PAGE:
Margaret O’Brien

Convict woman incarcerated in the Parramatta Female Factory.

Police Reports

MARGARET O’BRIEN, who had been put in custody by the Rev. J. J. TERRY, for highly reprehensible conduct in the street, in the afternoon of Saturday last, when in a state of inebriety, was brought up on Monday. In confirmation of the Reverend gentleman’s statement, it was observed by a Magistrate then presiding on the Bench, that he himself could bear ample testimony to the wretched woman’s depraved habits, more particularly in the instance of her child, a girl not above thirteen years of age; and whom it is to be apprehended the wretched mother encourages in a course of prostitution. The Bench sentenced the prisoner to three months’ confinement in the Factory, as the house of correction. In the meantime, the Bench intimated, that an application should be made on behalf of the unfortunate girl, towards obtaining her an assignment in the School of Industry.

See Original: “OFFENCES, CHARGES, &c,” The Australian (Sydney, NSW : 1824 – 1848), Wednesday 26 April 1826, p.3

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MARGARET O’BRIEN, free, charged with being repeatedly in a state of intoxication, and suspected of taking her daughter and other young females up the country, for the purpose of prostitution. Three months to the Factory.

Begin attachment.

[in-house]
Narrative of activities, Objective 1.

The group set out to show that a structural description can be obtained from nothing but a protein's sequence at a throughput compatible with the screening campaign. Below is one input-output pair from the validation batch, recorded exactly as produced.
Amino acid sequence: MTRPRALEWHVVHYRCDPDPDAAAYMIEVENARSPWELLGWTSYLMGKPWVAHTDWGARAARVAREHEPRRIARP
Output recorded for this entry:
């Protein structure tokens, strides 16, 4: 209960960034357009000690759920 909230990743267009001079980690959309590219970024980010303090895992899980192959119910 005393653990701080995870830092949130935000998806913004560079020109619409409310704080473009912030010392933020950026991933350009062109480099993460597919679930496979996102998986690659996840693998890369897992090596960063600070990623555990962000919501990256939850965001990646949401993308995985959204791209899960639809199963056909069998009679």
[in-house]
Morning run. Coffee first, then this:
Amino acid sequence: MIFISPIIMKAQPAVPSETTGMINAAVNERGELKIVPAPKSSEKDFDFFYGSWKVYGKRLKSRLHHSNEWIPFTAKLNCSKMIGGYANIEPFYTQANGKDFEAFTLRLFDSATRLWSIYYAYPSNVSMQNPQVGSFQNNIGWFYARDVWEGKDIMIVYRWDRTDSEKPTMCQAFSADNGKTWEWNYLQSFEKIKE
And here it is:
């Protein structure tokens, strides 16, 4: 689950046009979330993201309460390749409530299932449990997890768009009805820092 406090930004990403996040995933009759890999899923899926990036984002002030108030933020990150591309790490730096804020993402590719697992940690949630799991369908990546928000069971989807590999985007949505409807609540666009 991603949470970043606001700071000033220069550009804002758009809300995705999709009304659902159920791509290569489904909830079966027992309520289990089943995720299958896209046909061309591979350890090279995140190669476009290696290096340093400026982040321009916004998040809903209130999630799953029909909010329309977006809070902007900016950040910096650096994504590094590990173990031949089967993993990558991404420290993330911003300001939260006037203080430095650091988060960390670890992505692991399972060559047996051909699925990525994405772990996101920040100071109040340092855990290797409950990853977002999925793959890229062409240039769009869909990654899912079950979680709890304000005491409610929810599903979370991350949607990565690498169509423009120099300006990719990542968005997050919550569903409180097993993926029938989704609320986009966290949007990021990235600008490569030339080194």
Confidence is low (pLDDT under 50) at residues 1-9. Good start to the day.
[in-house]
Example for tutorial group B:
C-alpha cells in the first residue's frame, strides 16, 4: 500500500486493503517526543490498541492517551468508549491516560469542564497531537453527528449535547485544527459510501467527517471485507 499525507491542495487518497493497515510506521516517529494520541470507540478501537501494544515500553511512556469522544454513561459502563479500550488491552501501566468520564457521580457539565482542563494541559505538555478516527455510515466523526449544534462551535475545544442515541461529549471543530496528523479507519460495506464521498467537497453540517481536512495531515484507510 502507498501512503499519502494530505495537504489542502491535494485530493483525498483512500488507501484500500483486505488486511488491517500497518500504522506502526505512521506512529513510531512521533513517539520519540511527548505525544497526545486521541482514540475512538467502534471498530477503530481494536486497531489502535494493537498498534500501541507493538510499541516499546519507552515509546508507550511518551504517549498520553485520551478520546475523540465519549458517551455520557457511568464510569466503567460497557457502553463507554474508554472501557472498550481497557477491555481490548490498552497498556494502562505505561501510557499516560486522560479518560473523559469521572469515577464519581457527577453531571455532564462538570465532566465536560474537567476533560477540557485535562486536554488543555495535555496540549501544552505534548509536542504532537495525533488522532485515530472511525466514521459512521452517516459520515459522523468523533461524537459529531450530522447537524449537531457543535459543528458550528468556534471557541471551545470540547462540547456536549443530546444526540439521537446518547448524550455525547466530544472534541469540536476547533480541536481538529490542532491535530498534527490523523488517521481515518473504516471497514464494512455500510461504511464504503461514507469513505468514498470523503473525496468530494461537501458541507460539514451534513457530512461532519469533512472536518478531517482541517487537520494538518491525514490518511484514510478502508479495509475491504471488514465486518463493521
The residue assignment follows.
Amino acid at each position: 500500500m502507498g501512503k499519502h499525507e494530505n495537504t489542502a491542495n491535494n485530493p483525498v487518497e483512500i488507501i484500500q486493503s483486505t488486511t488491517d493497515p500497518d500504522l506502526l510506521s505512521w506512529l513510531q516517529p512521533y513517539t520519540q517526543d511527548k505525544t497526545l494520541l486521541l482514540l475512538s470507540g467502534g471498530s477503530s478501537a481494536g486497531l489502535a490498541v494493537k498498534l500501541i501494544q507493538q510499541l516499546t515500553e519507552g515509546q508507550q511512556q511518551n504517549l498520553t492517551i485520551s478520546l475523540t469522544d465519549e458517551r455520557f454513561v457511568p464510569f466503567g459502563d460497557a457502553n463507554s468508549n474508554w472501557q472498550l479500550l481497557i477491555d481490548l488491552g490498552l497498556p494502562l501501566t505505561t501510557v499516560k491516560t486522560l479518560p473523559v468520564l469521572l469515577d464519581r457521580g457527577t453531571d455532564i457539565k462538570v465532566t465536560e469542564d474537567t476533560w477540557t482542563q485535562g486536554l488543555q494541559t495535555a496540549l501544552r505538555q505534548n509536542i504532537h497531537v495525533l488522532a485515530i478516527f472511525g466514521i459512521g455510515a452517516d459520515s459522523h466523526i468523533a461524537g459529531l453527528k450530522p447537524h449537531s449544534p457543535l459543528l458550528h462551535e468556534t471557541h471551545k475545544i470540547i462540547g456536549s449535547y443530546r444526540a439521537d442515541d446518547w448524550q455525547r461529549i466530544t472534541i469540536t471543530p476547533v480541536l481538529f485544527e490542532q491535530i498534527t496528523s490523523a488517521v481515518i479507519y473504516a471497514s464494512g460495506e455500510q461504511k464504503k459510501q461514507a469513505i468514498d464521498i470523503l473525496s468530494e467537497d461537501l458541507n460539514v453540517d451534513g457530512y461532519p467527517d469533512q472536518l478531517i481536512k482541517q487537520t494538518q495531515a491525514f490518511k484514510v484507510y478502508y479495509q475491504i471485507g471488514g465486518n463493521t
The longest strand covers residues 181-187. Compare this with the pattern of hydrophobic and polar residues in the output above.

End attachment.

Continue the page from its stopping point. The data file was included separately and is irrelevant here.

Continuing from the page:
See Original: “THE POLICE. FRIDAY, APRIL 21, 1826,” Sydney Gazette and New South Wales Advertiser (NSW: 1803 – 1842), Wednesday 26 April 1826, p.3

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  • Note: The timing of this next incident suggests it might be a different Margaret O’Brien. Further research required, as the first Margaret would have still been carrying out her three month sentence in the Factory when the Margaret O’Brien below was brought before the Bench for a secondary offence while on assignment. Possibly Margaret’s young daughter.

MARGARET O’BRIEN, an assigned servant to Mr. CONNOR, Superintendent of the Prisoners’ Barrack, was next brought up on the complaint of her master, for impropriety of conduct. The nature of this alleged impropriety, the female exhibited in her proper person. She appeared in such a state “as ladies with to be, who love their lords,” but as this interesting object could not fix on any one to whom she might apply the term of husband, and order for admitting her within the Factory was without loss of time, signed and delivered.

See Original:POLICE INCIDENTS,” The Australian (Sydney, NSW : 1824 – 1848), Wednesday 19 July 1826, p.3


# Convict

# Repeat Offender

# Year: 1826